Great products are said to sell themselves — but not without a great distribution system to get them to buyers. Auto inventors of the early 20th century knew they were onto something big, but couldn’t get bank financing. They tried selling their products by mail order, in department stores, and even through traveling salesmen, with no luck.
Enter the franchise system, with its independent entrepreneurs under contract to sell the new contraptions — forward-thinking individuals who were willing to take a chance on the automakers’ jalopies and provide the cash to build the next month’s supply. These individuals helped a fledgling industry take hold like no other and put the average American on wheels.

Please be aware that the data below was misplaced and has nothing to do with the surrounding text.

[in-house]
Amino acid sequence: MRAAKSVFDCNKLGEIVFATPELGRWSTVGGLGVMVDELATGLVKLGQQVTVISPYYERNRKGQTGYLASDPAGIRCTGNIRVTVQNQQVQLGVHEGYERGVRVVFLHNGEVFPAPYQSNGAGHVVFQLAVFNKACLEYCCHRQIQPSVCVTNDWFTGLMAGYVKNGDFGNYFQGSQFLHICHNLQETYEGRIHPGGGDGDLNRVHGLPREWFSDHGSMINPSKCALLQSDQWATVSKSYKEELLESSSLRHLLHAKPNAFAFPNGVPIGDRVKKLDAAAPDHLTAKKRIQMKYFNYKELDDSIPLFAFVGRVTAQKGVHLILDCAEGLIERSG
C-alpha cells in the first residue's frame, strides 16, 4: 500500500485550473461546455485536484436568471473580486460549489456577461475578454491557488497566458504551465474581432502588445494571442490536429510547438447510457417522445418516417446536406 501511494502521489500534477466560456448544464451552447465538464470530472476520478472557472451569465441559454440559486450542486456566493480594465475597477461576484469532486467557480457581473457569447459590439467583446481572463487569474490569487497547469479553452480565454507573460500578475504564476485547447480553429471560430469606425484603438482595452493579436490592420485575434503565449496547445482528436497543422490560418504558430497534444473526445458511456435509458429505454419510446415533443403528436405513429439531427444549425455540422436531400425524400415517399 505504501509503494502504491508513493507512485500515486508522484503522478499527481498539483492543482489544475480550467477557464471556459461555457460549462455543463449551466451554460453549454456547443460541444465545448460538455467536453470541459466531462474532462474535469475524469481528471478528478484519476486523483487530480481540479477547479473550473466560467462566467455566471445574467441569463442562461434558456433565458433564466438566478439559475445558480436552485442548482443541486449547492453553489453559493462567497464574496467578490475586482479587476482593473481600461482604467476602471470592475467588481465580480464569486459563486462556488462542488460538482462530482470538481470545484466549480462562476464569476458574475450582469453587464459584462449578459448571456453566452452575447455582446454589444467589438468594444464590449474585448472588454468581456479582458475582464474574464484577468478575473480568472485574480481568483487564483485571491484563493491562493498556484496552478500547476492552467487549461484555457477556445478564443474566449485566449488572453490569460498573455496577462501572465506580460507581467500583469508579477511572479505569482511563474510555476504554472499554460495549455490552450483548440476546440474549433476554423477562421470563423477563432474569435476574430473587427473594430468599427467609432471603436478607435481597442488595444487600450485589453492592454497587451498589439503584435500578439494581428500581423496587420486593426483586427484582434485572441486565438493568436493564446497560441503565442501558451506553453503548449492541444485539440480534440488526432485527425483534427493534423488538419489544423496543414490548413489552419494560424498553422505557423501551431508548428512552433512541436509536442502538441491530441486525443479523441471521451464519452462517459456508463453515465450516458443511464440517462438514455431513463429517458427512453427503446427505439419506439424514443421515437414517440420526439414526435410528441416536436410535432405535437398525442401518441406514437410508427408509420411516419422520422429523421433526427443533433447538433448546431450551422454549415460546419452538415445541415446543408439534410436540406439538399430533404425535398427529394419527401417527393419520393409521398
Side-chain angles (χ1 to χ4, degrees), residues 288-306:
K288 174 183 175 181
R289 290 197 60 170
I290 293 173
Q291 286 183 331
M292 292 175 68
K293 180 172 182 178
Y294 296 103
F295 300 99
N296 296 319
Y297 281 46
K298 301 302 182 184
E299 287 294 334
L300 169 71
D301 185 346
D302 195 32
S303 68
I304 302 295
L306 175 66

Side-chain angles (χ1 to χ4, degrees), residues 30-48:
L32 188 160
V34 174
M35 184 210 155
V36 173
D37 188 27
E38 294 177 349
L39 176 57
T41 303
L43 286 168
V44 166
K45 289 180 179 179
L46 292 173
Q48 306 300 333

The franchise system’s resiliency has outlasted depressions, recessions, world wars, and failed automaker attempts at retailing, and is still going strong 100 years after the first dealer signed a contract.
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